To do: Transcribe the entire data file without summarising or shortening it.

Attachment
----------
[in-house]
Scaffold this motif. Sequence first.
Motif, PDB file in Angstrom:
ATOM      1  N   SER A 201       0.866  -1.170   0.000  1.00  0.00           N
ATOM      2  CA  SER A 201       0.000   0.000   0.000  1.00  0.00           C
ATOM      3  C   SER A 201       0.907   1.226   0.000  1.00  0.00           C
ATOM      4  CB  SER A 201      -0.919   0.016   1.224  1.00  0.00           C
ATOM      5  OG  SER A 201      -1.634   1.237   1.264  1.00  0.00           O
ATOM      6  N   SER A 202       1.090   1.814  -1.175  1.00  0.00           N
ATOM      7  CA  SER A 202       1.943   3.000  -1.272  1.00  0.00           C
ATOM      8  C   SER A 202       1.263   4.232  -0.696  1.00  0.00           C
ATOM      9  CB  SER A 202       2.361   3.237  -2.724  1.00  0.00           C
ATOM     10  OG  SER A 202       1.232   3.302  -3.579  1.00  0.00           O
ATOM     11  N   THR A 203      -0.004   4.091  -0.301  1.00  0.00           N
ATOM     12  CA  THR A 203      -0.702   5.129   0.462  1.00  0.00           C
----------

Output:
[in-house]
Scaffold this motif. Sequence first.
Motif, PDB file in Angstrom:
ATOM      1  N   SER A 201       0.866  -1.170   0.000  1.00  0.00           N
ATOM      2  CA  SER A 201       0.000   0.000   0.000  1.00  0.00           C
ATOM      3  C   SER A 201       0.907   1.226   0.000  1.00  0.00           C
ATOM      4  CB  SER A 201      -0.919   0.016   1.224  1.00  0.00           C
ATOM      5  OG  SER A 201      -1.634   1.237   1.264  1.00  0.00           O
ATOM      6  N   SER A 202       1.090   1.814  -1.175  1.00  0.00           N
ATOM      7  CA  SER A 202       1.943   3.000  -1.272  1.00  0.00           C
ATOM      8  C   SER A 202       1.263   4.232  -0.696  1.00  0.00           C
ATOM      9  CB  SER A 202       2.361   3.237  -2.724  1.00  0.00           C
ATOM     10  OG  SER A 202       1.232   3.302  -3.579  1.00  0.00           O
ATOM     11  N   THR A 203      -0.004   4.091  -0.301  1.00  0.00           N
ATOM     12  CA  THR A 203      -0.702   5.129   0.462  1.00  0.00           C